Worth It/Not Worth It: Mainstays Handheld Portable Steamer

Lately, a lot of decluttering/minimalist types have been touting the benefits of a portable steamer to use in place of an iron. As I’ve been downsizing to a capsule wardrobe (more on that later), I have been particular about material. I am buying less synthetics and focusing on cotton, wool and silk. Breathable, long lasting, and remarkably easy to care for.

I don’t purchase or have a ton of garments that need ironing, but I did manage to pick up second hand silk blouse that’s been on my To Buy list for awhile. I used to be afraid of silk but it is much sturdier than you think; warm and insulating for the winter, then breezy and cooling for the summer. I always wash silk by hand in the sink and then hang to air dry in my closet. I’m not a big fan of ironing, but I’ll do it if I have to. If a steamer can replace an ironing board and iron, I’m all about that. So I bought Mainstays Handheld Portable Steamer at Walmart to try.

I do not have a before pic, but after about 7 minutes of dorking with the steamer on the silk blouse, here is the result:

After about 7 minutes of steaming
Nope.
Not even.

I’m not impressed. Seven minutes was enough. I could’ve ironed it in a shorter amount of time, so my verdict is NOT WORTH IT. However, I know Jennifer Scott from The Daily Connoisseur recommends hers, so maybe it’s brand specific? Please let me know in the comments below, if you’re a fan and what type you use. I’m open to giving this another go.

Menu Planning for the Win

On my death bed, as I list out the regrets in my life, I will write “Should’ve Started Menu Planning Earlier.” I kid you not. One of the best budgeting and time saving tools is menu planning and please don’t complicate it. It takes five minutes, tops. A paper and pencil will do. Level one menu planning looks something like this:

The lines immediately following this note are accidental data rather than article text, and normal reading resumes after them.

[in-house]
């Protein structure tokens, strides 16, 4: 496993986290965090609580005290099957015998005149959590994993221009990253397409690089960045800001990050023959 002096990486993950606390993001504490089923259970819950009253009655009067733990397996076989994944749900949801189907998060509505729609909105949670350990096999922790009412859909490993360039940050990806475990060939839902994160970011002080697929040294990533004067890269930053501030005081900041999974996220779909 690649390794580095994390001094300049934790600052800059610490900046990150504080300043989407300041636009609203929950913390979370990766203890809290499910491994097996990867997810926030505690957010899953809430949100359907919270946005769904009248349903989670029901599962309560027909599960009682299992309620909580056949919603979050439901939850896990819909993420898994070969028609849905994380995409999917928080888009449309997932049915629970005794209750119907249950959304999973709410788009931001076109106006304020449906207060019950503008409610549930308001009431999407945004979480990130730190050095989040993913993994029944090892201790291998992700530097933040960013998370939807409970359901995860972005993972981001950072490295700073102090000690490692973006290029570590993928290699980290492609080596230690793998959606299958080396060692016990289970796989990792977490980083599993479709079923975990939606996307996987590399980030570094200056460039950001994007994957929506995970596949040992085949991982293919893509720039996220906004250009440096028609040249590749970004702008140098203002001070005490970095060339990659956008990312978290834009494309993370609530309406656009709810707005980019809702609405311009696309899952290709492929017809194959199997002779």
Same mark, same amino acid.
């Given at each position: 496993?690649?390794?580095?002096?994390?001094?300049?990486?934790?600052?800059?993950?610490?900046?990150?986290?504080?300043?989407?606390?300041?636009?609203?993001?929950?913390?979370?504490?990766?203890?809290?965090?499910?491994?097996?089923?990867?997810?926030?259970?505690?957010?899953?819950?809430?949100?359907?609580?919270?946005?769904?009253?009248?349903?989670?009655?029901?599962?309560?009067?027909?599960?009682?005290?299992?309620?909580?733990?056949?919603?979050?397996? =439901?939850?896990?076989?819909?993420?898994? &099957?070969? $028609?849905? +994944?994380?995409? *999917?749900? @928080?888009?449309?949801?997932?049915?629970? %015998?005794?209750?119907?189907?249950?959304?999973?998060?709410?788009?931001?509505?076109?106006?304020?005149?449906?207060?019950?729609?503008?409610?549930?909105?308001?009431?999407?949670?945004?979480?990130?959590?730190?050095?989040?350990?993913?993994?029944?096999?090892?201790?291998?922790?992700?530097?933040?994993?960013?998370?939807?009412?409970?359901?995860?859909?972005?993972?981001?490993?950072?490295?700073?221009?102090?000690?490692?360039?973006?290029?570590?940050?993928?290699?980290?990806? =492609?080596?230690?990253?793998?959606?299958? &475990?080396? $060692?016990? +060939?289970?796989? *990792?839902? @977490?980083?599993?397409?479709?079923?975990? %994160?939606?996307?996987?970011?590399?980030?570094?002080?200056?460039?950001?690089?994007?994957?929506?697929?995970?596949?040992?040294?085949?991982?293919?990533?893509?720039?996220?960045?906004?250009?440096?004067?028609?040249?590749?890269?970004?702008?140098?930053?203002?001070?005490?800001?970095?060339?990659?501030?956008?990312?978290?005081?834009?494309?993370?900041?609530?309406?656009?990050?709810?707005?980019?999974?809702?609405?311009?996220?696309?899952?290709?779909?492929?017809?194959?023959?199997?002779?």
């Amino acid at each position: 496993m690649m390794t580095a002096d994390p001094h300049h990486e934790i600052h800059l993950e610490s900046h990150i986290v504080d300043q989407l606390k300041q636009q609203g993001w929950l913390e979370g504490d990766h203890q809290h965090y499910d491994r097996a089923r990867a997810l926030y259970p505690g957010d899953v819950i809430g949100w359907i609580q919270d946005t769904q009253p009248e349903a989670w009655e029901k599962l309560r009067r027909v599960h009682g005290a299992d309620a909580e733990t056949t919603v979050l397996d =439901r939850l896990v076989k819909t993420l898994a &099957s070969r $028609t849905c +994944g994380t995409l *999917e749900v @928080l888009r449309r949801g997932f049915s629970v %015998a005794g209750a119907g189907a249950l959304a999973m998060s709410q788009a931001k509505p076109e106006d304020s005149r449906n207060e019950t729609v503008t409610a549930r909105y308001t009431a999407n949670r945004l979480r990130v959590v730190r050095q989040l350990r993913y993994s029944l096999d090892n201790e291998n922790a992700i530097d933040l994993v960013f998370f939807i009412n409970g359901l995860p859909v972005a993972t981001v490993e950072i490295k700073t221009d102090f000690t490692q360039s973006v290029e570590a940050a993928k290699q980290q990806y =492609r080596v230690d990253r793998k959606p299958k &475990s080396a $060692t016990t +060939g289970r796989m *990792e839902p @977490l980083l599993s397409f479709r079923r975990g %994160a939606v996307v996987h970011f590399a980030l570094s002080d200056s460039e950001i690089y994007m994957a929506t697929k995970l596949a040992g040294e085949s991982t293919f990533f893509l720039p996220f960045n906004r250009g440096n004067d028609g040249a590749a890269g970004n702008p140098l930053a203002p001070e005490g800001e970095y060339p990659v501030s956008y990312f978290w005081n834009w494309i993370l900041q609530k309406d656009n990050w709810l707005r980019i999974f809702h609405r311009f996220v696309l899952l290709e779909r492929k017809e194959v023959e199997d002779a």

Mon– tacos

Tues – lentil soup & bread

Wed – steak, potato, side salad

Thurs – leftovers

Fri – pizza (something easy at the end of a long week)

Sat– salmon, rice, broccoli

Sun– crockpot chili, cornbread, steamed spinach

Stick this on the refrigerator so everyone can see it and admire it for the intricate artistry.

The basic rule of thumb is to include a protein, starch and vegetable in each meal. Nowadays, the veggie is supposed to take up half the plate, the protein and starch should be palm-sized for portion control.

When you get comfortable with level one, you move to level two.

Check the weather for the week

and write it down by each day, so you’re not making creamy broccoli and cheese potato soup when it’s 95 degrees out.

Quickly scan your cupboards and refrigerator

to see what items you already have. Use them in your menu plan. Allrecipes.com lets you search a recipe by ingredient. Use the rest of the missing ingredients for your grocery list (Please tell me you’re using a grocery list to shop because otherwise I guarantee you are wasting money if you do not use a list. Also, eat first. Before you go grocery shopping, I mean. And keep your grocery list on your phone so that you always have it. Are you at information overload? Then go back to level one at the top of this blog post and stay there.).